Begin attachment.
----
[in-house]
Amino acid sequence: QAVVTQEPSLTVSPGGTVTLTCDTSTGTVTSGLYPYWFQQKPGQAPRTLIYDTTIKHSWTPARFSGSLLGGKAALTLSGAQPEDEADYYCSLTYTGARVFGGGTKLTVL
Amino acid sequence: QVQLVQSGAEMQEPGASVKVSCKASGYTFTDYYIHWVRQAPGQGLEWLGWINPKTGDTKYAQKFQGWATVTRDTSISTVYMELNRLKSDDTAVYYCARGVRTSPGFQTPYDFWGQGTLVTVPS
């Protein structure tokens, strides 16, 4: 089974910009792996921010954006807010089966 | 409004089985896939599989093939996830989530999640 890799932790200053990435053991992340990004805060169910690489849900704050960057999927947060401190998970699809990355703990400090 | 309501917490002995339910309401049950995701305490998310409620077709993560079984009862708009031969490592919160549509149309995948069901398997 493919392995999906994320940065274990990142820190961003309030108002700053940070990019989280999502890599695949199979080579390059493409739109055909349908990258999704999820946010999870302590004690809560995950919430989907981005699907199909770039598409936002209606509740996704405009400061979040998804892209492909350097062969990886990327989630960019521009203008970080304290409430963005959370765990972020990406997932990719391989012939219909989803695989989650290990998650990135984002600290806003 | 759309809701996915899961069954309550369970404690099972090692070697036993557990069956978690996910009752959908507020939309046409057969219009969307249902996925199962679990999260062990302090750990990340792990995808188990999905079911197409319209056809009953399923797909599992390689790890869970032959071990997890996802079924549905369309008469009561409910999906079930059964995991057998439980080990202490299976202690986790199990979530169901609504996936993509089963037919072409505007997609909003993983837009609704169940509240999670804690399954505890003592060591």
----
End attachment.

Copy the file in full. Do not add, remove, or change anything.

[in-house]
Amino acid sequence: QAVVTQEPSLTVSPGGTVTLTCDTSTGTVTSGLYPYWFQQKPGQAPRTLIYDTTIKHSWTPARFSGSLLGGKAALTLSGAQPEDEADYYCSLTYTGARVFGGGTKLTVL
Amino acid sequence: QVQLVQSGAEMQEPGASVKVSCKASGYTFTDYYIHWVRQAPGQGLEWLGWINPKTGDTKYAQKFQGWATVTRDTSISTVYMELNRLKSDDTAVYYCARGVRTSPGFQTPYDFWGQGTLVTVPS
């Protein structure tokens, strides 16, 4: 089974910009792996921010954006807010089966 | 409004089985896939599989093939996830989530999640 890799932790200053990435053991992340990004805060169910690489849900704050960057999927947060401190998970699809990355703990400090 | 309501917490002995339910309401049950995701305490998310409620077709993560079984009862708009031969490592919160549509149309995948069901398997 493919392995999906994320940065274990990142820190961003309030108002700053940070990019989280999502890599695949199979080579390059493409739109055909349908990258999704999820946010999870302590004690809560995950919430989907981005699907199909770039598409936002209606509740996704405009400061979040998804892209492909350097062969990886990327989630960019521009203008970080304290409430963005959370765990972020990406997932990719391989012939219909989803695989989650290990998650990135984002600290806003 | 759309809701996915899961069954309550369970404690099972090692070697036993557990069956978690996910009752959908507020939309046409057969219009969307249902996925199962679990999260062990302090750990990340792990995808188990999905079911197409319209056809009953399923797909599992390689790890869970032959071990997890996802079924549905369309008469009561409910999906079930059964995991057998439980080990202490299976202690986790199990979530169901609504996936993509089963037919072409505007997609909003993983837009609704169940509240999670804690399954505890003592060591």